Introduction

As the software in your web application that directly handles all requests coming in from the Internet, Apache is extremely vulnerable to attack. While adding a cloud-based WAF service like SecureCDN in front of your application prevents threats from getting through in the first place, there are some measures you can take to secure Apache iteself. In this article we'll show you which measures those are, and how to implement them.

While creating this article and testing different security measures, the latest versions of the Apache web server (2.4) and Ubuntu server (16.04) were used. That being the case, many earlier versions of Apache and Ubuntu support the configurations recommended below.

Prerequsities

Before getting started you should have a basic understanding of the following:

  1. Common file editors like nano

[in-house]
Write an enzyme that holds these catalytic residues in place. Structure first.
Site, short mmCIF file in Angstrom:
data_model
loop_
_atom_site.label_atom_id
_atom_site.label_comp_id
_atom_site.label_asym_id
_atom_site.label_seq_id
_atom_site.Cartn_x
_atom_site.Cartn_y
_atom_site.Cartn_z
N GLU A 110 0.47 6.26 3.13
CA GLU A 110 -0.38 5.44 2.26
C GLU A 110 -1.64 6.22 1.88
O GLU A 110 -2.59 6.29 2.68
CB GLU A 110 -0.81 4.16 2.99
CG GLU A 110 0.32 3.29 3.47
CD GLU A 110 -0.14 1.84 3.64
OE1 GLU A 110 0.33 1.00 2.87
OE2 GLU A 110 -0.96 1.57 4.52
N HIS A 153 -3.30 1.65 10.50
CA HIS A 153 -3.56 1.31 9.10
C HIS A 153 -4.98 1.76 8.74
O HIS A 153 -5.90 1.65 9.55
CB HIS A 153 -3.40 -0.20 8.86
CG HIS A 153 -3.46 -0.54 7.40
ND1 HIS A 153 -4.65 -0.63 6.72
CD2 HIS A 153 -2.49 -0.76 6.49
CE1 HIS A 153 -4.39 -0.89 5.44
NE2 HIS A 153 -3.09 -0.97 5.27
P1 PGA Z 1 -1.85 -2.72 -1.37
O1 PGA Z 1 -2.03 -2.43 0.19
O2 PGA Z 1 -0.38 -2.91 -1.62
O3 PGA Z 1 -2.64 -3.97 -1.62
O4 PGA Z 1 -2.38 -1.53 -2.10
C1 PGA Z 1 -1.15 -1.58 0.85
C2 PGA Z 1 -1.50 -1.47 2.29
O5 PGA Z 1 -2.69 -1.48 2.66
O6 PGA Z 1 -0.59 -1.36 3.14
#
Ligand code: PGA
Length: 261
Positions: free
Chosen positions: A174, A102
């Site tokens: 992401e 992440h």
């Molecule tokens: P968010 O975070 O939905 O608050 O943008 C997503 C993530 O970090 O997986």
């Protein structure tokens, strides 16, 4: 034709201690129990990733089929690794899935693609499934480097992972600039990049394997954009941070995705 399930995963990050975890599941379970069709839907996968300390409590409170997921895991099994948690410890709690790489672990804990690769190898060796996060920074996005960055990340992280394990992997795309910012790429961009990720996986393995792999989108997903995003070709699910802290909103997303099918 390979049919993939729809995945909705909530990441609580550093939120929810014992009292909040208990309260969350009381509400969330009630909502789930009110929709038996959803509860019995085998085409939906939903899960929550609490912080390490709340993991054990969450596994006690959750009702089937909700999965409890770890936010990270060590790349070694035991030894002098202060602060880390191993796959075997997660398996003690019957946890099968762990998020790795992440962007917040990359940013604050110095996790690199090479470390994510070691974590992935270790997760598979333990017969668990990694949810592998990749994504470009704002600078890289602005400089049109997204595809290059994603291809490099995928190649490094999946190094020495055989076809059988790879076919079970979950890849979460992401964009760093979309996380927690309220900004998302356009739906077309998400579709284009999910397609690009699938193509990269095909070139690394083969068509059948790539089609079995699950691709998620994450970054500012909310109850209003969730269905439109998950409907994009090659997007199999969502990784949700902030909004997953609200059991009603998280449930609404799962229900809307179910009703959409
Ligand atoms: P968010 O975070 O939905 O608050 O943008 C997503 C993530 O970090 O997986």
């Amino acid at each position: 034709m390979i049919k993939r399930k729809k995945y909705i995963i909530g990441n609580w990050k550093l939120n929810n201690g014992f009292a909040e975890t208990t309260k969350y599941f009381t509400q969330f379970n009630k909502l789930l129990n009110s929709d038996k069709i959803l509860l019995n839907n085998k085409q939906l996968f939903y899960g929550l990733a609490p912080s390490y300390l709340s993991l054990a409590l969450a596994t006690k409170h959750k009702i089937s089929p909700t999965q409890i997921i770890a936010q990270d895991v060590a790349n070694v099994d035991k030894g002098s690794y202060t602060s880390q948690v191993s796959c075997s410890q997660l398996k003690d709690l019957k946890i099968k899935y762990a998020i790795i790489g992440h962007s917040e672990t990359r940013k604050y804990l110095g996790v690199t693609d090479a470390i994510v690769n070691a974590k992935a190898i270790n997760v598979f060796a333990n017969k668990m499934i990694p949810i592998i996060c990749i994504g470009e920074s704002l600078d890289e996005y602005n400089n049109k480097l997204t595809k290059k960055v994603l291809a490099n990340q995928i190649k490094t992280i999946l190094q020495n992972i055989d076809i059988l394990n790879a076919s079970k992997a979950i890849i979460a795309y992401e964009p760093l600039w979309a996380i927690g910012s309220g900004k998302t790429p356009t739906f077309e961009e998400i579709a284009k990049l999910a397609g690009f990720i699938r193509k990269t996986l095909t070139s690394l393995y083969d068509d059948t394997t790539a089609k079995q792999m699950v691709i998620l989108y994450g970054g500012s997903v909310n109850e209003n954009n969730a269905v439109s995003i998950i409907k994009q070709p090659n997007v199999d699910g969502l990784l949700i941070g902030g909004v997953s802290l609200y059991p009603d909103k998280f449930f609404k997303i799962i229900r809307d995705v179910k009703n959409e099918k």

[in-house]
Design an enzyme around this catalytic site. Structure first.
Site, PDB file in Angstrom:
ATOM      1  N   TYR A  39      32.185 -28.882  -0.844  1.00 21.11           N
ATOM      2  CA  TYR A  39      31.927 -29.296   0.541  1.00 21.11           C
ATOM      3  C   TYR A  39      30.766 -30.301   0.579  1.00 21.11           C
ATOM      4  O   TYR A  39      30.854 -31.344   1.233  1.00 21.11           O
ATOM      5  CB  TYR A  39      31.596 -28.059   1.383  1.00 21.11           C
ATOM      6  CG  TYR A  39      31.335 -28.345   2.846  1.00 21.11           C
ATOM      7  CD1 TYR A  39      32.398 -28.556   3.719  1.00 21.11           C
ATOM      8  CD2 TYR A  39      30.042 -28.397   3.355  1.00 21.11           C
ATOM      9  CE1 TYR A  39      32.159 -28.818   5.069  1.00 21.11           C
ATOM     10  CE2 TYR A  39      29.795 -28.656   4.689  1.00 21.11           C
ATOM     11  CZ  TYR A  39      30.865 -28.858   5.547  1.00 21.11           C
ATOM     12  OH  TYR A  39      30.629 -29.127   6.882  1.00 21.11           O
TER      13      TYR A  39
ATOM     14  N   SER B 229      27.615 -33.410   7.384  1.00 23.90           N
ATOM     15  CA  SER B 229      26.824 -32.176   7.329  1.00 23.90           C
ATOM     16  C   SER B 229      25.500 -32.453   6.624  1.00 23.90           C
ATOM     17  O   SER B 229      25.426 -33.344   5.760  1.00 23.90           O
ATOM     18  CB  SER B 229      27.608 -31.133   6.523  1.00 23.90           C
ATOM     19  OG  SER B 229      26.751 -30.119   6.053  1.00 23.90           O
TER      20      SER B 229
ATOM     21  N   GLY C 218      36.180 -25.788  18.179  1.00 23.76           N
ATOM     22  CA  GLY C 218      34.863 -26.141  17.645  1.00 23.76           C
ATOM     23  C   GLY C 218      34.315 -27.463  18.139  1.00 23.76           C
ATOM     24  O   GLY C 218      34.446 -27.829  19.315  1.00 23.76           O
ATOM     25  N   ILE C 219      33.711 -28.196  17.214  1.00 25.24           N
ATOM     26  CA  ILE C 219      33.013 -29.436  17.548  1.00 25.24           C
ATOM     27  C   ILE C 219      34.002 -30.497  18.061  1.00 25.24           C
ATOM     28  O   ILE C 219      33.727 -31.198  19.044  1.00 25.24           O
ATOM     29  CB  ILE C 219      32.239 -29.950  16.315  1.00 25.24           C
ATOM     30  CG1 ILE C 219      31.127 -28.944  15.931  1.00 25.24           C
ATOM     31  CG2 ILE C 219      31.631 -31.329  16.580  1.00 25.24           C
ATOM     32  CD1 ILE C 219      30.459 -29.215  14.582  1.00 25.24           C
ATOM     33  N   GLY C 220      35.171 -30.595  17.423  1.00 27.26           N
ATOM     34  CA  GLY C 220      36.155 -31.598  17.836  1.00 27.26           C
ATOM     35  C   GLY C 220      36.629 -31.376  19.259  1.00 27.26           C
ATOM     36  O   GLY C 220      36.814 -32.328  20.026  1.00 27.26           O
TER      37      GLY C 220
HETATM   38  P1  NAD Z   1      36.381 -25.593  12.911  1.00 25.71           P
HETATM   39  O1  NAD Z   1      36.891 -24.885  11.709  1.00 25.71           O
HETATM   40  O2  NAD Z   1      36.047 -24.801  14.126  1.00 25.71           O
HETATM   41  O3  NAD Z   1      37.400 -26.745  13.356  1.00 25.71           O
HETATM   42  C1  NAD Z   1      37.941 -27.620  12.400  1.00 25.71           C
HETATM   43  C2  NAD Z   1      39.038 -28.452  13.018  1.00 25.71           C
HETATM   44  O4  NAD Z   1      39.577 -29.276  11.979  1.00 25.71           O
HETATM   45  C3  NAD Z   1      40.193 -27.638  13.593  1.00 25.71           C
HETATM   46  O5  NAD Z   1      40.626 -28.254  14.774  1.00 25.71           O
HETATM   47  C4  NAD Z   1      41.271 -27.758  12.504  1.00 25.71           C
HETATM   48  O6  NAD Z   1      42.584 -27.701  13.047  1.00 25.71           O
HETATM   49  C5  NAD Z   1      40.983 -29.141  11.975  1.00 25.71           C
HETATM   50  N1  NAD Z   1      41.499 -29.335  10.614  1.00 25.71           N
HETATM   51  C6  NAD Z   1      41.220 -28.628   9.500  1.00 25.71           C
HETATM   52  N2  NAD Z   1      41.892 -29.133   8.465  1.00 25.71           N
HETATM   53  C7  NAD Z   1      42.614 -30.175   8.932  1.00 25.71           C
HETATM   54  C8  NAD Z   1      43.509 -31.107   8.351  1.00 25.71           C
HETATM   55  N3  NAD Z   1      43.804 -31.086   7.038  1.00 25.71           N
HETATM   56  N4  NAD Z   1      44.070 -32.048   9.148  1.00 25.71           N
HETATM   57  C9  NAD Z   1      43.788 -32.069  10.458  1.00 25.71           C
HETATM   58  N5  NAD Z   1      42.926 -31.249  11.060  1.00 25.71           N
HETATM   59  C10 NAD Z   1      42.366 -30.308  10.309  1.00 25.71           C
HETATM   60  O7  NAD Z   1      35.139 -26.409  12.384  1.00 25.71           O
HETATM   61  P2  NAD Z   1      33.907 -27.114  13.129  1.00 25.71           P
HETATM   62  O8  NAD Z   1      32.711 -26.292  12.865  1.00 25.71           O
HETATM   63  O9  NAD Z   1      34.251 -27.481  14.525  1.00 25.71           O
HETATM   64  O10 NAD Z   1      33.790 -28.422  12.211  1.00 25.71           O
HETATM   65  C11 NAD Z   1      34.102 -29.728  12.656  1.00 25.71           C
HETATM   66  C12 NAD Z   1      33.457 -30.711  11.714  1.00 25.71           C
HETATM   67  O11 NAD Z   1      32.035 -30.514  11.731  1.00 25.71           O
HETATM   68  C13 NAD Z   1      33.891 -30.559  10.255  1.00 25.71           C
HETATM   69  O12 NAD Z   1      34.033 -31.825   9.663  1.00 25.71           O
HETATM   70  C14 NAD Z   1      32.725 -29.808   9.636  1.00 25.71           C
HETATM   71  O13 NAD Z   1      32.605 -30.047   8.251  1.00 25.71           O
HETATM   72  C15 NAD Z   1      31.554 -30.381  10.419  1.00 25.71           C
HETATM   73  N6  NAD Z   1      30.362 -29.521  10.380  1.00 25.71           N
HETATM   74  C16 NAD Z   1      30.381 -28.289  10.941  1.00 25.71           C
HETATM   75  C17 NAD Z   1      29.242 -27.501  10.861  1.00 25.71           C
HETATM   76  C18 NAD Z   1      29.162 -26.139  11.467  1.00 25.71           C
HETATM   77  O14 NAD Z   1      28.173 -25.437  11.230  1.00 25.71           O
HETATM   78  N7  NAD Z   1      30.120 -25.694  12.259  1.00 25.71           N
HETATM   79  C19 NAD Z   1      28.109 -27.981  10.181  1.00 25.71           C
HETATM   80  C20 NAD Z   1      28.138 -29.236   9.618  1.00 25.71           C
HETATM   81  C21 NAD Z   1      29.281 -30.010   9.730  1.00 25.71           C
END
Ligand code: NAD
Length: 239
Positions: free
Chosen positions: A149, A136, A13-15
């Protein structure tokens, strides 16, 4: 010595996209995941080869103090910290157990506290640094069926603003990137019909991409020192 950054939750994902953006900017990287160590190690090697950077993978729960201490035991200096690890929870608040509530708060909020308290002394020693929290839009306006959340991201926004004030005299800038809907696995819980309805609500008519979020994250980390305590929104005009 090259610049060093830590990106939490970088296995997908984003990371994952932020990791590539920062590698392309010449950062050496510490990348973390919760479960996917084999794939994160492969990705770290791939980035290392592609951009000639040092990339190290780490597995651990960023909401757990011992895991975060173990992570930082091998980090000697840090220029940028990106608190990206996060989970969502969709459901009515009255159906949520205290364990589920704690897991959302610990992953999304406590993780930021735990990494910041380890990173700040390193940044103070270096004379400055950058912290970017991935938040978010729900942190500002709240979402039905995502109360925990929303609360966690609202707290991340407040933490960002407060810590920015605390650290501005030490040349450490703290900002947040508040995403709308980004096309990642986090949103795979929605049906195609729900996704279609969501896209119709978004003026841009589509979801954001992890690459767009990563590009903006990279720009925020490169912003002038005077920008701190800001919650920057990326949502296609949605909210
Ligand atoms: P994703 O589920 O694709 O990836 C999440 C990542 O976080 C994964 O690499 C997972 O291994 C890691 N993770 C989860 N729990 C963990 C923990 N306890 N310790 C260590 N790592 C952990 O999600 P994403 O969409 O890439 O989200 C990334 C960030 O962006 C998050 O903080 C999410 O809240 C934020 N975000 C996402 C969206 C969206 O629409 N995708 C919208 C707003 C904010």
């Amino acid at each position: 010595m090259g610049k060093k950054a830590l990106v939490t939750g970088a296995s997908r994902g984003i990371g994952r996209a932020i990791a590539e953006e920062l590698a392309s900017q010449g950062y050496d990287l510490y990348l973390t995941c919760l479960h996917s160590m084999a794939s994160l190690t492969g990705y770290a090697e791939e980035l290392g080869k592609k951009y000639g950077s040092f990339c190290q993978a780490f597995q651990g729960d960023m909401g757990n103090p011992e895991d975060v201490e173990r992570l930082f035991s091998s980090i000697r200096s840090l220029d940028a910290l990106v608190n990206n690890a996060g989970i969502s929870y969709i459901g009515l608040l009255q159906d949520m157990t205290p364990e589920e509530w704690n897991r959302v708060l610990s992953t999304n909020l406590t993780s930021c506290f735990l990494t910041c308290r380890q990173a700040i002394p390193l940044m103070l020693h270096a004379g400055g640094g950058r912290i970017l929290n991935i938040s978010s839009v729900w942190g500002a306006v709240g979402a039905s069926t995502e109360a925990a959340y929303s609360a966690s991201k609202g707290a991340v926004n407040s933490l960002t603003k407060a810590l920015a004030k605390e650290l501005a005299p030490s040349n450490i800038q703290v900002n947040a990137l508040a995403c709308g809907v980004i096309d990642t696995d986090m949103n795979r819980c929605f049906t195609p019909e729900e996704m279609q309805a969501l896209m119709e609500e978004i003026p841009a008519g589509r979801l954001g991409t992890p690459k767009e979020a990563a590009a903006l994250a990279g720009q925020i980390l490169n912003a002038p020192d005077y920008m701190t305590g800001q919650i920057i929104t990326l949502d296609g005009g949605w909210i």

2. Basic directory moving (cd)

Also be aware that this article was created with a fresh installation of Apache, but the configurations can also be applied to production servers (with proper maintenance windows and backups.) If you're hardening a server in production, simply skip the steps you've already completed (Apache installation, creating the .htaccess file, etc.)

Steps for Hardining Apache 2.4

Install Apache

Install the latest version of the Apache2 server:

sudo apt-get install apache2

Disable Server Signature

Edit /etc/apache2/apache2.conf:

sudo nano /etc/apache2/apache2.conf

Add the following lines. You can add them to the end of the file:

ServerSignature OFF
ServerTokens Prod

Edit /etc/apache2/conf-available/security.conf:

sudo nano /etc/apache2/conf-available/security.conf

Edit the following line:

ServerSignature Off

Prevent Denial of Service

Make sure you have the following lines in the file /etc/apache2/apache2.conf:

Timeout 300
KeepAlive On
MaxKeepAliveTimeout5